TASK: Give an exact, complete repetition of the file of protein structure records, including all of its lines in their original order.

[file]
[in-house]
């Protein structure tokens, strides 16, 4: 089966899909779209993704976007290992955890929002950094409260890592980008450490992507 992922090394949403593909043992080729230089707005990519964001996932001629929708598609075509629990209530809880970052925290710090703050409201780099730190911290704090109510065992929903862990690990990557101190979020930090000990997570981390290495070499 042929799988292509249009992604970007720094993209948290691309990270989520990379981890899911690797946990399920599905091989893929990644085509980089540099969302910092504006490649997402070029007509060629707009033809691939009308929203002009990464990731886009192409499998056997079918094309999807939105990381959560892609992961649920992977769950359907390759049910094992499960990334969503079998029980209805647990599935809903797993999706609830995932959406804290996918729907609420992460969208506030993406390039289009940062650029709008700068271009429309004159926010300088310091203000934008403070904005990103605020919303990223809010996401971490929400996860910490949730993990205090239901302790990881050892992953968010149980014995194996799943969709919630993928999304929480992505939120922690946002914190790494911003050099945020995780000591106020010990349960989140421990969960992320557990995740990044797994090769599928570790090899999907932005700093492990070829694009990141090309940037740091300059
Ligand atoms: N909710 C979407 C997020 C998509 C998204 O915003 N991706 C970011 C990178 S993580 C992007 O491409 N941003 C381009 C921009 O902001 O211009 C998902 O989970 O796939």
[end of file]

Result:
[in-house]
């Protein structure tokens, strides 16, 4: 089966899909779209993704976007290992955890929002950094409260890592980008450490992507 992922090394949403593909043992080729230089707005990519964001996932001629929708598609075509629990209530809880970052925290710090703050409201780099730190911290704090109510065992929903862990690990990557101190979020930090000990997570981390290495070499 042929799988292509249009992604970007720094993209948290691309990270989520990379981890899911690797946990399920599905091989893929990644085509980089540099969302910092504006490649997402070029007509060629707009033809691939009308929203002009990464990731886009192409499998056997079918094309999807939105990381959560892609992961649920992977769950359907390759049910094992499960990334969503079998029980209805647990599935809903797993999706609830995932959406804290996918729907609420992460969208506030993406390039289009940062650029709008700068271009429309004159926010300088310091203000934008403070904005990103605020919303990223809010996401971490929400996860910490949730993990205090239901302790990881050892992953968010149980014995194996799943969709919630993928999304929480992505939120922690946002914190790494911003050099945020995780000591106020010990349960989140421990969960992320557990995740990044797994090769599928570790090899999907932005700093492990070829694009990141090309940037740091300059
Ligand atoms: N909710 C979407 C997020 C998509 C998204 O915003 N991706 C970011 C990178 S993580 C992007 O491409 N941003 C381009 C921009 O902001 O211009 C998902 O989970 O796939």